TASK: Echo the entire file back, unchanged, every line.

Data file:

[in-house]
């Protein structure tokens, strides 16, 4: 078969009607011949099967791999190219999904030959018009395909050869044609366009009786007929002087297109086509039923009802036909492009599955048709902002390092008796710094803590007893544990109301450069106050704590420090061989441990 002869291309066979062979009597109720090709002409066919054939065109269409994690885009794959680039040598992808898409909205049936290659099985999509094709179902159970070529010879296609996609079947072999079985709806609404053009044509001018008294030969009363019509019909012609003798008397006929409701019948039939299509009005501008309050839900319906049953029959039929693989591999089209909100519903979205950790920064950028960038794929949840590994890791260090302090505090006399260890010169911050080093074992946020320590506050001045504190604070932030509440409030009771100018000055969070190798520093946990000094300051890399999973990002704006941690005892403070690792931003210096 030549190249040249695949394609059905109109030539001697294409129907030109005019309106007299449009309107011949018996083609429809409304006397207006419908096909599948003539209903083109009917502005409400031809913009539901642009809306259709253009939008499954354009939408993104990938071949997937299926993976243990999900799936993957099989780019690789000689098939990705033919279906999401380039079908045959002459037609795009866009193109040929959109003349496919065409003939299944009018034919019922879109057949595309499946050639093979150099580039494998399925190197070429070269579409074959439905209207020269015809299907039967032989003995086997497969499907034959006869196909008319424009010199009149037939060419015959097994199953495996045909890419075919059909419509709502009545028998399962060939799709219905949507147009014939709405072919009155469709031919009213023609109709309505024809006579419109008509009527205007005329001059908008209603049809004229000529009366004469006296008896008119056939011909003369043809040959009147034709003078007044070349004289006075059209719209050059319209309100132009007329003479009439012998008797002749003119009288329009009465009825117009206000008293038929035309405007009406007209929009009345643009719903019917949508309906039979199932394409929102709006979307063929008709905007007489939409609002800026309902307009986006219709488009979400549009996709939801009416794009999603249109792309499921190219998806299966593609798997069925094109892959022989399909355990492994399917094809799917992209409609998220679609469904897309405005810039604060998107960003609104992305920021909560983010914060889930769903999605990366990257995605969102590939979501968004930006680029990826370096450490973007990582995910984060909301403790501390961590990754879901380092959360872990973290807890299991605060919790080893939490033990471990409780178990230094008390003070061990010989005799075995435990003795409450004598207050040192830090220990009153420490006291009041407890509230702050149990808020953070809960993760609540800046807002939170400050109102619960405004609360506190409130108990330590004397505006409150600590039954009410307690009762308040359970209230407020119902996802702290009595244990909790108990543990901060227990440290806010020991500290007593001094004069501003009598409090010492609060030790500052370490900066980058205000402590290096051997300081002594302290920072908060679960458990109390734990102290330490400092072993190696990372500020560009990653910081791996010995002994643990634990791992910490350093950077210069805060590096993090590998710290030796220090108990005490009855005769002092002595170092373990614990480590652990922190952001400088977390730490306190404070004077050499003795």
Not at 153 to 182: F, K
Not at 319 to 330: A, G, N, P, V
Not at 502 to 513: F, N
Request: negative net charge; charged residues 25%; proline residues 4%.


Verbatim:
[in-house]
């Protein structure tokens, strides 16, 4: 078969009607011949099967791999190219999904030959018009395909050869044609366009009786007929002087297109086509039923009802036909492009599955048709902002390092008796710094803590007893544990109301450069106050704590420090061989441990 002869291309066979062979009597109720090709002409066919054939065109269409994690885009794959680039040598992808898409909205049936290659099985999509094709179902159970070529010879296609996609079947072999079985709806609404053009044509001018008294030969009363019509019909012609003798008397006929409701019948039939299509009005501008309050839900319906049953029959039929693989591999089209909100519903979205950790920064950028960038794929949840590994890791260090302090505090006399260890010169911050080093074992946020320590506050001045504190604070932030509440409030009771100018000055969070190798520093946990000094300051890399999973990002704006941690005892403070690792931003210096 030549190249040249695949394609059905109109030539001697294409129907030109005019309106007299449009309107011949018996083609429809409304006397207006419908096909599948003539209903083109009917502005409400031809913009539901642009809306259709253009939008499954354009939408993104990938071949997937299926993976243990999900799936993957099989780019690789000689098939990705033919279906999401380039079908045959002459037609795009866009193109040929959109003349496919065409003939299944009018034919019922879109057949595309499946050639093979150099580039494998399925190197070429070269579409074959439905209207020269015809299907039967032989003995086997497969499907034959006869196909008319424009010199009149037939060419015959097994199953495996045909890419075919059909419509709502009545028998399962060939799709219905949507147009014939709405072919009155469709031919009213023609109709309505024809006579419109008509009527205007005329001059908008209603049809004229000529009366004469006296008896008119056939011909003369043809040959009147034709003078007044070349004289006075059209719209050059319209309100132009007329003479009439012998008797002749003119009288329009009465009825117009206000008293038929035309405007009406007209929009009345643009719903019917949508309906039979199932394409929102709006979307063929008709905007007489939409609002800026309902307009986006219709488009979400549009996709939801009416794009999603249109792309499921190219998806299966593609798997069925094109892959022989399909355990492994399917094809799917992209409609998220679609469904897309405005810039604060998107960003609104992305920021909560983010914060889930769903999605990366990257995605969102590939979501968004930006680029990826370096450490973007990582995910984060909301403790501390961590990754879901380092959360872990973290807890299991605060919790080893939490033990471990409780178990230094008390003070061990010989005799075995435990003795409450004598207050040192830090220990009153420490006291009041407890509230702050149990808020953070809960993760609540800046807002939170400050109102619960405004609360506190409130108990330590004397505006409150600590039954009410307690009762308040359970209230407020119902996802702290009595244990909790108990543990901060227990440290806010020991500290007593001094004069501003009598409090010492609060030790500052370490900066980058205000402590290096051997300081002594302290920072908060679960458990109390734990102290330490400092072993190696990372500020560009990653910081791996010995002994643990634990791992910490350093950077210069805060590096993090590998710290030796220090108990005490009855005769002092002595170092373990614990480590652990922190952001400088977390730490306190404070004077050499003795």
Not at 153 to 182: F, K
Not at 319 to 330: A, G, N, P, V
Not at 502 to 513: F, N
Request: negative net charge; charged residues 25%; proline residues 4%.